According to the Self Storage Association, self-storage businesses earned $24 billion in revenues in 2013. Generating income from this type of project means more than offering enclosed spaces for customers' belongings. Your choices of location, equipment and staff will influence the business' success.
Finding Your Place
Find places with people who need your service. The SelfStorages website recommends that the population within 3 miles of your proposed facility be 50,000. Communities with military bases, apartments, duplexes, condominiums and houses without basements also make good candidates. Military personnel in communities adjacent to bases rent between 20 percent and 90 percent of the units. SelfStorages suggests you consider a location passed by at least 25,000 cars per day, because most customers choose a place they spot while driving. The Self Storage Association advises against locating along freeways; a major street or road that passes by a neighborhood to be served makes a better spot.
According to the Self Storage Association, land generally accounts for 25 to 30 percent of the business's development costs. An appraiser, property tax value or prior sales of the land you want can give you an idea of the land's value and what you might consider paying for it. The local property tax office can help you find sales of comparable land. Before you buy the land, check with the local government's zoning office to determine if and under what conditions a self-storage facility is permitted. You will need to get the property rezoned if the current designation for the property does not allow a self-storage facility.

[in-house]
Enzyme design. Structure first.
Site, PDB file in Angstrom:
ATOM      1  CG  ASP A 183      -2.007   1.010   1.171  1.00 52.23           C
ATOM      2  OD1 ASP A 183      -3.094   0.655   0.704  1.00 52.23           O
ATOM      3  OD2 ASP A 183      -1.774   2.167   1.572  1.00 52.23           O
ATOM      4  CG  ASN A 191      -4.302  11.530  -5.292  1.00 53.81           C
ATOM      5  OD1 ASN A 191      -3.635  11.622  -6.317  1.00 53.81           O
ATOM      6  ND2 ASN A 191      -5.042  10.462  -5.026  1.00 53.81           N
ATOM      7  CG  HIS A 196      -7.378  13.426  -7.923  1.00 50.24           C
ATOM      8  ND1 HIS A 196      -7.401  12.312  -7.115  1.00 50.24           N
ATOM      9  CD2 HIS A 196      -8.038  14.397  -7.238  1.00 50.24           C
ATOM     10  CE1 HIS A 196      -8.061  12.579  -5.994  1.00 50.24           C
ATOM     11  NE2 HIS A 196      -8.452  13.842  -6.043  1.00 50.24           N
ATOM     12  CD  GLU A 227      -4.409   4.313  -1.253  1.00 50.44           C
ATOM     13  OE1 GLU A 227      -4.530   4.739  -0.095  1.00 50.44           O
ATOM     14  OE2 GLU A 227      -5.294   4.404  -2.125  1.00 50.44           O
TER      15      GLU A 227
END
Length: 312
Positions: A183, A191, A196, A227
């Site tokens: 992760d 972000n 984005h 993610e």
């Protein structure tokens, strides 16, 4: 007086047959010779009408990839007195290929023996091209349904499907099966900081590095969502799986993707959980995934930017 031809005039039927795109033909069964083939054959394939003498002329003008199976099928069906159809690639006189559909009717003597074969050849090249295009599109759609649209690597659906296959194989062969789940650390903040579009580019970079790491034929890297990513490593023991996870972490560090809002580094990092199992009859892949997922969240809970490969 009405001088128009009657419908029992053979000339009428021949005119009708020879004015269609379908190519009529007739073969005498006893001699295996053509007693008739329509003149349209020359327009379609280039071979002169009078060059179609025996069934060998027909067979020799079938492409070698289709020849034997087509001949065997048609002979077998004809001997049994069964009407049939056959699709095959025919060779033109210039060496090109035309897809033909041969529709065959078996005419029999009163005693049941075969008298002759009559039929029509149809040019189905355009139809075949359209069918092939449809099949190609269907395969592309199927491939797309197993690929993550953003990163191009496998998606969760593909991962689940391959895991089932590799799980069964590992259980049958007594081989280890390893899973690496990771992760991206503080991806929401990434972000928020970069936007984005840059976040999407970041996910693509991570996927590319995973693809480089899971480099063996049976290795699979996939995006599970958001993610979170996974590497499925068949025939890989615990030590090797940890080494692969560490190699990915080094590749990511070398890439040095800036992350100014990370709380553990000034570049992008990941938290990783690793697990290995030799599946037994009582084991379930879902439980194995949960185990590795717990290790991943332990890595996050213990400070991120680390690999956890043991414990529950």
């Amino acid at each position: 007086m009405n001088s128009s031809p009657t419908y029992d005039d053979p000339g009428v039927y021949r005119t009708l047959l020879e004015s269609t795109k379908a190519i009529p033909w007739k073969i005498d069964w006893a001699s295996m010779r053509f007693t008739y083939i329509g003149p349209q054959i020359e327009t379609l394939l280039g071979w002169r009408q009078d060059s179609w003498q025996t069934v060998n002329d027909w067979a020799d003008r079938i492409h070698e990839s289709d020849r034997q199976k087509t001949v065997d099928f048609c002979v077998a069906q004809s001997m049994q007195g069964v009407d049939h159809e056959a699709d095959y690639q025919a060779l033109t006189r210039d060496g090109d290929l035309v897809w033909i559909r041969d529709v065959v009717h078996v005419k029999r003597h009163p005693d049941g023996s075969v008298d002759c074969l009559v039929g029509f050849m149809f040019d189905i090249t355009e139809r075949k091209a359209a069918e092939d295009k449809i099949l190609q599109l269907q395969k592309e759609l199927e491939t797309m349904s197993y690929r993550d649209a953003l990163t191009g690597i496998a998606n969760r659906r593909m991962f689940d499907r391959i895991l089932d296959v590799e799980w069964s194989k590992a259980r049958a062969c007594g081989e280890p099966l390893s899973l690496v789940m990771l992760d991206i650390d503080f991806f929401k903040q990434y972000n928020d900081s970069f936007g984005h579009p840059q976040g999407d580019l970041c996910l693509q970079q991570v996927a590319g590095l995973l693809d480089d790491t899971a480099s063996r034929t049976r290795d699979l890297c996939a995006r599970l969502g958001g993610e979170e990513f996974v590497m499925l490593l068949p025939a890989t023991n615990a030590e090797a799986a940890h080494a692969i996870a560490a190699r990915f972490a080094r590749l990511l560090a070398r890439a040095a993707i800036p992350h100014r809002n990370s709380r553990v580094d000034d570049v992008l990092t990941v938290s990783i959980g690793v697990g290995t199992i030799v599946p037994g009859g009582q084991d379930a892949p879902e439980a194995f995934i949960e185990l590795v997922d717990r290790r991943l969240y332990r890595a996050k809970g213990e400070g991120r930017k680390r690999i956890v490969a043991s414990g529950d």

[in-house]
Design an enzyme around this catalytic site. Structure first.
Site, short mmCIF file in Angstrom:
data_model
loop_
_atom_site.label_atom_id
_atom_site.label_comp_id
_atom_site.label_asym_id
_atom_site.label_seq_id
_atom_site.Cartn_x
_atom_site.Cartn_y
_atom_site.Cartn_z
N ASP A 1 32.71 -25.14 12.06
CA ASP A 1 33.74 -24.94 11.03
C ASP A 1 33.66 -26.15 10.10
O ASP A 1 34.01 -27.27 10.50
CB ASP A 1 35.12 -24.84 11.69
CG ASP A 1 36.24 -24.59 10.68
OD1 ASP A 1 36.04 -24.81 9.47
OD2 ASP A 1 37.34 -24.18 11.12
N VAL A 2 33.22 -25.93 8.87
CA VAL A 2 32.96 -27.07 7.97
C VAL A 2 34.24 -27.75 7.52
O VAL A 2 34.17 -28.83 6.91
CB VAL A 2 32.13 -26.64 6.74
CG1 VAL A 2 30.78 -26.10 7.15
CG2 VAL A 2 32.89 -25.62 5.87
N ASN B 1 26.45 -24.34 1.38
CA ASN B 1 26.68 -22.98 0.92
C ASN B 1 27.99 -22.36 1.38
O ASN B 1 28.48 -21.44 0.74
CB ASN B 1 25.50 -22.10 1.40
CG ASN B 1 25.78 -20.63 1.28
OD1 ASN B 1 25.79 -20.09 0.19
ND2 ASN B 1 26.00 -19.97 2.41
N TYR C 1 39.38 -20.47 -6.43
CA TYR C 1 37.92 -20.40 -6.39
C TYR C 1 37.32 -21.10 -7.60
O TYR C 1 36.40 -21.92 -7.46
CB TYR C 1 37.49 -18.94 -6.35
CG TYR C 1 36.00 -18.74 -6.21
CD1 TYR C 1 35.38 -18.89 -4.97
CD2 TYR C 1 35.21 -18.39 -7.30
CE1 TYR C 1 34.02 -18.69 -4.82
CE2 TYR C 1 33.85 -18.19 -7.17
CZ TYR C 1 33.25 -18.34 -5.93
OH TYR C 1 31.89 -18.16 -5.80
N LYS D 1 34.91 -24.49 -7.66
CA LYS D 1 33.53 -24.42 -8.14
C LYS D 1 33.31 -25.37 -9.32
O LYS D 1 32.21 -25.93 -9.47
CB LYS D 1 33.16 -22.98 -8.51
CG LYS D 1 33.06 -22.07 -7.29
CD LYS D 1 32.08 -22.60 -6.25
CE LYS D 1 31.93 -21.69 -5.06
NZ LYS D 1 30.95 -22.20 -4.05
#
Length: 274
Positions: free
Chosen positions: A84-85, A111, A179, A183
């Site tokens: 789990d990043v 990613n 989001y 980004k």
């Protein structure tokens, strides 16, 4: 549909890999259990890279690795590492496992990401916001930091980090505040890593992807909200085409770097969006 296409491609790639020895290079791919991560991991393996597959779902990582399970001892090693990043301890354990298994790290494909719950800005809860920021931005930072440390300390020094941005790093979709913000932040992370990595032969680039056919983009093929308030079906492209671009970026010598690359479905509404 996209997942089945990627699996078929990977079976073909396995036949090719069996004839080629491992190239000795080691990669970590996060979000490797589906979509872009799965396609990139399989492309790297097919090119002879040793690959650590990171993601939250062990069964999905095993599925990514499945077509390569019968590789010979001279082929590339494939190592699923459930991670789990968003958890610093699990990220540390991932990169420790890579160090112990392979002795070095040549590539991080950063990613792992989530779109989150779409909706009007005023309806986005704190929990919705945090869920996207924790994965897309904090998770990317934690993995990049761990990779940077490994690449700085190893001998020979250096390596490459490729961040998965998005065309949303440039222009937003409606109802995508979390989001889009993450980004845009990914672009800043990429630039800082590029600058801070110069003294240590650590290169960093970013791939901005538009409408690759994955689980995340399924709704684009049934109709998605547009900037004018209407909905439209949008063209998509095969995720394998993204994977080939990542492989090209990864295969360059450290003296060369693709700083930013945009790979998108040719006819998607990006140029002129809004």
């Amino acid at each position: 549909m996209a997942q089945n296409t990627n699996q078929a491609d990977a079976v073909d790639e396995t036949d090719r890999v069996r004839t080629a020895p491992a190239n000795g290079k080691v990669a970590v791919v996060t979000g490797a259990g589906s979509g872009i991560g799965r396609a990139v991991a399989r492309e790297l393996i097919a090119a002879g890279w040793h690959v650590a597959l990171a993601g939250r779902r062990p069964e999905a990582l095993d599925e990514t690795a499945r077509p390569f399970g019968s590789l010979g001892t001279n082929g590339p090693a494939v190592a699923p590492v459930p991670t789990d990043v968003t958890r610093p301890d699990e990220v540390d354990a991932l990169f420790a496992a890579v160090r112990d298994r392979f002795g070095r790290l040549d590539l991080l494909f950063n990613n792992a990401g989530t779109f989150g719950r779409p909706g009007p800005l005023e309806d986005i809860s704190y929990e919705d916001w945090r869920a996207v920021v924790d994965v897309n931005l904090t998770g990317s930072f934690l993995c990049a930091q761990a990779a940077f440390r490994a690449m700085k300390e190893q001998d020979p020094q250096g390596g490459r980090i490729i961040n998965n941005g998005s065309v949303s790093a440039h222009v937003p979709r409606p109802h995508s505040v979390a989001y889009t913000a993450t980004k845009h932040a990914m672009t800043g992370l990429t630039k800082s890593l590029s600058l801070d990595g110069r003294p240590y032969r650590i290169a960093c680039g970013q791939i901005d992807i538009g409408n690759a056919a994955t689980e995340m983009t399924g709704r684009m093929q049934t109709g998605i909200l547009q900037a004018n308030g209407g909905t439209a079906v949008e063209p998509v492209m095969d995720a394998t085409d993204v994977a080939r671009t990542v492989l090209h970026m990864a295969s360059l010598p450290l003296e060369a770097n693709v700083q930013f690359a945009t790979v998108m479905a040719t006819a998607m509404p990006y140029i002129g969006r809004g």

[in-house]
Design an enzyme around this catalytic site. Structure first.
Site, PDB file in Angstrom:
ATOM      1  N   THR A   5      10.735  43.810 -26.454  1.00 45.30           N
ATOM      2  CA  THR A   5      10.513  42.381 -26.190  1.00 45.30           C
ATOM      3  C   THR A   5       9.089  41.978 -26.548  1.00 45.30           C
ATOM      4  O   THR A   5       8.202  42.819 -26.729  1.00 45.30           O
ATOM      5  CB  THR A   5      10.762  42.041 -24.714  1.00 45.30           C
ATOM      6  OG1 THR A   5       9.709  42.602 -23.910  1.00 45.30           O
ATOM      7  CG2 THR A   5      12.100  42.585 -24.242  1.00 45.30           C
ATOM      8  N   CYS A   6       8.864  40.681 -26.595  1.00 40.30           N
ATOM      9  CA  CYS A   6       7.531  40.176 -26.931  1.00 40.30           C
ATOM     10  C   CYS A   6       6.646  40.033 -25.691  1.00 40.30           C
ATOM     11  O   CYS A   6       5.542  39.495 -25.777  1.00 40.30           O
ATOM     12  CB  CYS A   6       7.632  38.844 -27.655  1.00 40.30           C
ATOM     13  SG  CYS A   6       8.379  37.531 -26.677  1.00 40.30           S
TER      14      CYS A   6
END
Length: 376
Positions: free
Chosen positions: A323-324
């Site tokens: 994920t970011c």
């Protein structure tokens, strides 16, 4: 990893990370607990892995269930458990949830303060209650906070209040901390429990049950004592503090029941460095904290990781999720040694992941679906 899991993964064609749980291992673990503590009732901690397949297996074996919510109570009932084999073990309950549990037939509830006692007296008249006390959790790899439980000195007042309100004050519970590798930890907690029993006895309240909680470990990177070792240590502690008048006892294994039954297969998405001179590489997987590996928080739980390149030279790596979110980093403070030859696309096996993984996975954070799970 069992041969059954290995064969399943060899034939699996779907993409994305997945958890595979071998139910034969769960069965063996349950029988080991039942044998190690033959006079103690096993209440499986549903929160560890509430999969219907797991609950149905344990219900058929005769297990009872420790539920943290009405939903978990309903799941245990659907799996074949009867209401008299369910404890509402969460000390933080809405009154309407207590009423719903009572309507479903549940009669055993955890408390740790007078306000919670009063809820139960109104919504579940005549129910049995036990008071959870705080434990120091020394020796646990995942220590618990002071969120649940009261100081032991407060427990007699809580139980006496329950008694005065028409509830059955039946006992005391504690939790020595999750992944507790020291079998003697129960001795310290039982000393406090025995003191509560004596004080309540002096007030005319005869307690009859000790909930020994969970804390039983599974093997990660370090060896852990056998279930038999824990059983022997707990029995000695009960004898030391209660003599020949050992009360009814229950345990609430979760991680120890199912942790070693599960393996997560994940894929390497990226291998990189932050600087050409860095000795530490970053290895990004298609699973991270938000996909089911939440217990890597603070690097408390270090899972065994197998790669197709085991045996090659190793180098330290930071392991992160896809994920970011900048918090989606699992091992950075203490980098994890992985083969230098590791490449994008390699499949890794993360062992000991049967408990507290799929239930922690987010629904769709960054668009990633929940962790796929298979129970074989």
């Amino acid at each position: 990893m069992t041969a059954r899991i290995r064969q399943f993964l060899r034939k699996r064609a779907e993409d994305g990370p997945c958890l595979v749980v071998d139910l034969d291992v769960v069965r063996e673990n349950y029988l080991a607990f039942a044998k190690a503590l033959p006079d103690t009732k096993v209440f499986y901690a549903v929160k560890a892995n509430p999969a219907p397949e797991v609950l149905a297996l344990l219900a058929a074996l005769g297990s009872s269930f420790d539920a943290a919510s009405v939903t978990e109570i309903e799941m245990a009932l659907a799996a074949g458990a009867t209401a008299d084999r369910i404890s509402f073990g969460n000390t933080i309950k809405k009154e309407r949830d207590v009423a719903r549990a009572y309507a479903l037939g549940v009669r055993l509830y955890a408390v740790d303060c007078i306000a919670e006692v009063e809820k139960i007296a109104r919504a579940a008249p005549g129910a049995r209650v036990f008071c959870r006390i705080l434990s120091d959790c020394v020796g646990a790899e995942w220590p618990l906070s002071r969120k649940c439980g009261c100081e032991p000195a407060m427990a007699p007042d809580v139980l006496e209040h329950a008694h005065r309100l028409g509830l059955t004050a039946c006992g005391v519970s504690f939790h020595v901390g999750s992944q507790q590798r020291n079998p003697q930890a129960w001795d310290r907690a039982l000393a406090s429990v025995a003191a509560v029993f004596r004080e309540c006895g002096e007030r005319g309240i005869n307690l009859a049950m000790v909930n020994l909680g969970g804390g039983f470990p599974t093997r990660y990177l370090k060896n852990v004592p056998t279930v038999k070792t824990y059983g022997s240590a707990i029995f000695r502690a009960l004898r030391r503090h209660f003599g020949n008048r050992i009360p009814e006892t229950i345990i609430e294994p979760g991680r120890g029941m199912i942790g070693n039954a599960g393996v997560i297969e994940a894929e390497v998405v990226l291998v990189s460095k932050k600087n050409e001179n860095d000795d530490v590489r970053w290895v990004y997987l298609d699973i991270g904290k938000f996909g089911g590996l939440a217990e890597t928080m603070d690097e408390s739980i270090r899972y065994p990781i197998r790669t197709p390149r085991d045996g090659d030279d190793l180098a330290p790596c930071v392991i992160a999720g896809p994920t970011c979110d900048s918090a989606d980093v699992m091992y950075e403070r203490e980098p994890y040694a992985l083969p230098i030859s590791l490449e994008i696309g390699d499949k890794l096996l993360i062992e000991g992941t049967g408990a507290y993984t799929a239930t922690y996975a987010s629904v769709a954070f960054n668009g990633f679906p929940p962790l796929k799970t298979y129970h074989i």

Level of Construction
The Self Storage Association reports that a typical facility occupies 2.5 to 5 acres. Facilities with security systems, climate control and other state-of-the-art features typically have 60,000 to 80,000 square feet of net rentable space and cost between $45 and $60 per square foot to build. A multistory facility can help you fit more units into limited spaces and acreage. MakoSteel reports that constructing a multistory facility costs between $42 and $70 per square foot, compared with $25 to $40 per square foot for a single-story facility. Those numbers don't include the cost of buying land.
Customers expect your facility to guard their possessions. Typical security measures include electronically controlled entry gates, lights, video surveillance and on-site managers. For 24-hour human supervision of the site, you will need a resident manager. Install a dehumidifier to protect your customers' property from mold and other damage associated with moisture.